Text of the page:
In collaboration with Starsem and Roscosmos, Arianespace has launched 34 new Internet communications satellites aboard the Soyuz 2.1b for the OneWeb 9 mission. The flight marks the eighth operational launch of OneWeb satellites and will bring the total number in orbit to 288: 48% of the 600 satellites required for global coverage with 48 Additional spare part in orbit for the total size of the first-stage constellation up to 648 satellites.
The launch was scheduled for Thursday, August 19. However, a rare scrub was called seconds before takeoff. The second attempt has been scheduled for the first time on Friday. Takeoff took place on Saturday, August 21st from the 6/31st Baikonur Cosmodrome in Kazakhstan at 22:13:40 UTC (18:13:40 EDT).
for this task, The Soyuz 2.1b is equipped with an upper stage Fregat motor that is powered by asymmetric dimethylhydrazine (UDMH) and nitrogen tetraoxide (N2O4). It is capable of placing OneWeb’s 5,518 kg payload into its initial orbit of approximately 450 km at an inclination of 84.7 degrees.
OneWeb’s satellite constellation is a global internet and broadband platform in action similar to Starlink from SpaceX The Amazon Kuiper Project. The goal of the constellation is to provide near-low latency Internet to sites where terrestrial Internet is unavailable or unreliable. Once finished, OneWeb will provide Internet access with speeds of up to 50MB/s anywhere in the world, including land, sea and air.
After the first stage is completed, OneWeb will move to the second stage, which will consist of 6,372 satellites; This number is significantly lower than the company’s previous proposal, which consists of about 48,000 satellites.
Each OneWeb satellite weighs 147 kg and is equipped with a Ku-band antenna. The satellites were manufactured at the OneWeb facility on Merritt Island, Florida, where they are produced in collaboration with Airbus Defense and Space. At this facility, OneWeb currently produces approximately two satellites per day, allowing a theoretical maximum of approximately two launches per month.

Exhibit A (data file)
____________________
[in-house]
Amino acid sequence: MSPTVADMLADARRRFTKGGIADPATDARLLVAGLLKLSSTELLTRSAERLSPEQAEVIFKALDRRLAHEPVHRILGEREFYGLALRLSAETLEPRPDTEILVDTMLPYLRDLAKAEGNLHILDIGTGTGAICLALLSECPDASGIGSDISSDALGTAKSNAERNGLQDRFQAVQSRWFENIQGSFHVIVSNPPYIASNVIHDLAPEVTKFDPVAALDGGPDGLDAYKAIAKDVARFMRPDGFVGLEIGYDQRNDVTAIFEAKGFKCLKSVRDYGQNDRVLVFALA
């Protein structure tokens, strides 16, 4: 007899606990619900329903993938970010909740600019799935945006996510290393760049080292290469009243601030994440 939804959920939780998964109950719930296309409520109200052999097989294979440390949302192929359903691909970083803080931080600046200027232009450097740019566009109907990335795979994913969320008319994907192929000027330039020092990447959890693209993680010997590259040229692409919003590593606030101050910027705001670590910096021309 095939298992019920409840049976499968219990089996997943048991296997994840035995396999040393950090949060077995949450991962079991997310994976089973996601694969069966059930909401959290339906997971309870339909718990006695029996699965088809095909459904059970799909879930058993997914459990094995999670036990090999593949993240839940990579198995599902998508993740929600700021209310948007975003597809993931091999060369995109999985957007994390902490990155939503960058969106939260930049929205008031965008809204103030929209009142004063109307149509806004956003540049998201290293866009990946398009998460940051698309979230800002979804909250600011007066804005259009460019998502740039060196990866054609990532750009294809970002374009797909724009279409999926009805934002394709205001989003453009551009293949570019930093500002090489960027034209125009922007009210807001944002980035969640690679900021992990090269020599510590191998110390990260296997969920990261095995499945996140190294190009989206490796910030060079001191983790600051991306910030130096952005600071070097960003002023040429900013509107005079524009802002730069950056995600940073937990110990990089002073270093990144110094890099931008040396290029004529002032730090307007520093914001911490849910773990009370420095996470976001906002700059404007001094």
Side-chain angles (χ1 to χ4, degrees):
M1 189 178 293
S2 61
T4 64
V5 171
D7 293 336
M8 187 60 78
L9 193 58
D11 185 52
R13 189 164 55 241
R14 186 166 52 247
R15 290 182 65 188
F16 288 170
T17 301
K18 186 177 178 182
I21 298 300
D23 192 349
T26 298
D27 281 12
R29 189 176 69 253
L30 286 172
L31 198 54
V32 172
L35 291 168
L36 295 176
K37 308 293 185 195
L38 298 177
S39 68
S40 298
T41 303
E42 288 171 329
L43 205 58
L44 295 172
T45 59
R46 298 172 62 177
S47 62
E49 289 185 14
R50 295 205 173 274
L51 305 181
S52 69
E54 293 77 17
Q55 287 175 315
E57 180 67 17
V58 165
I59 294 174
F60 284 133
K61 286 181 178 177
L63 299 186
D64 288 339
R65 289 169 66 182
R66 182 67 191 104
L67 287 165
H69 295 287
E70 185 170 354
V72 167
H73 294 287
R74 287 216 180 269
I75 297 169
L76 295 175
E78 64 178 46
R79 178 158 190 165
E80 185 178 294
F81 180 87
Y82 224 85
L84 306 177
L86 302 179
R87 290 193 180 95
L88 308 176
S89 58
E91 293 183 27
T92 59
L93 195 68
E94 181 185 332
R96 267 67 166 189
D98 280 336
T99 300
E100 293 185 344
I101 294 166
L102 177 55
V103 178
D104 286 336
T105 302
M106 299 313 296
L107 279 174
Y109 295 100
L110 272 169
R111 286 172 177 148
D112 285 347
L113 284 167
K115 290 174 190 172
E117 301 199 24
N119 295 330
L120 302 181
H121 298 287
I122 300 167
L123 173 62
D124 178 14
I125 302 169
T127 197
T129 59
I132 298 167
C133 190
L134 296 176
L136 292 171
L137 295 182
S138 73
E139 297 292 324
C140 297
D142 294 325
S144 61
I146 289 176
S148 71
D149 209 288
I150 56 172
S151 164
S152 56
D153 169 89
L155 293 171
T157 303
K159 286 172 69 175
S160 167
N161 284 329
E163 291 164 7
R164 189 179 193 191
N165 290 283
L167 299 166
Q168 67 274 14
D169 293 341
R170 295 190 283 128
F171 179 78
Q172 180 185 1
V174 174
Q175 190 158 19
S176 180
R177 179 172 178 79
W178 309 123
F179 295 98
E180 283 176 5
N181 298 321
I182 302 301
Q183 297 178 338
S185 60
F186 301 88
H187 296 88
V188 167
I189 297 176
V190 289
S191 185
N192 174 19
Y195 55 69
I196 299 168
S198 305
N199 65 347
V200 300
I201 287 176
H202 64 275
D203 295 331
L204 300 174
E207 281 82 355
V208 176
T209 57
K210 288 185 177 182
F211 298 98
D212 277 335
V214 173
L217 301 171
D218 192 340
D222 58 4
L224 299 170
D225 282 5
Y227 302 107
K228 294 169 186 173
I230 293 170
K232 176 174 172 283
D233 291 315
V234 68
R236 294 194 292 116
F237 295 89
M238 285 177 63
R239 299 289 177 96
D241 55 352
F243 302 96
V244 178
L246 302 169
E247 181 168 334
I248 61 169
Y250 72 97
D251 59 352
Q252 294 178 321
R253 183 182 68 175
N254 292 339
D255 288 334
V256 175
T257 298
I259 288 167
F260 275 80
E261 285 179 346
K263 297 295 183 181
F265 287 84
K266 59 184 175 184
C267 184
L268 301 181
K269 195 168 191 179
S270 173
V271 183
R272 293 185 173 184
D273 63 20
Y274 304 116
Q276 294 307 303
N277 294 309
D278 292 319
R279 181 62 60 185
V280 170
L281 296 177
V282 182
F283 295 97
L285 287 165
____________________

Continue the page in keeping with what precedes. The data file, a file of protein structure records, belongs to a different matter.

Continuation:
Several weeks before launch, 34 satellites were shipped to Kazakhstan where they were integrated into the payload distributor, which was Manufactured by RUAG Space. Then the payload stack was moved to Arianespace The Starsem is integrated with the missile.
Although the Soyuz is a Russian-made missile, RoscosmosArianespace and Starsem handle the commercial sale and vehicle launch for OneWeb assignments.
Four days prior to launch, on August 15, Arianespace conducted a Launch Readiness Review (LRR) to ensure that the launch vehicle and payload are ready for operation and that the ground service equipment (GSE) and launch pad are ready to receive the Soyuz.
A day later, the car rushed to the launch pad, and the GSE was connected. This process involved refueling quick disconnects, shutting down the actuator panel service panel, performing first, second and third stage GSE checks, and making sure the payload was intact.
Two days before the first launch attempt, the teams conducted health checks for the fourth stage of the teams, which had been refueled about two weeks prior.
The countdown began 5 hours 10 minutes before takeoff. Forty minutes later, at T-4 hours and 30 minutes, Soyuz began to refuel RP-1 kerosene and liquid oxygen.
In the T-35 minute, the service gantry shell was lowered to the launch position. Towards the end of the final count, two maintenance arms were pulled away from the Soyuz, followed in T-16 seconds with an order to ignite the rocket’s four RD-107A engines, one on each booster, and the RD-108A central engine.
The four side reinforcements, known as the first stage, burned for 118 seconds and then separated in a pattern known as the Korolev’s cross.
The core, known as the second stage, continued to burn up to T+4 min 48 sec.
The payload structure, which protects the satellites from aerodynamic and thermodynamic loads during ascent, was abandoned at T + 3 min 38 sec.
The third stage implemented a “hot fire” separation from the second stage, meaning that its single engine RD-0124 ignited while the stages were still connected. The third stage then burned for more than four minutes.
(Video comment: How Soyuz rockets light up their engines. Credit: Scott Manley)
The RUAG Space-design payload distributor will then deploy 34 satellites over a period of several hours. Between satellite separation events, Fregat will make position corrections, ensuring that payloads are deployed in the correct position.
The nominal task duration for OneWeb 9 is 3 hours and 45 minutes.
OneWeb satellites will spend the coming months raising their orbits using their Hall-effect engines to reach their final orbit of 1,200 km.
After the final deployment, the Fregat stage will perform a deorbit burn, ensuring the stage is safely returned to Earth’s atmosphere.
(TOP PHOTO: The Soyuz team performs its own program of rolling and swinging after takeoff. Credit: Roscosmos)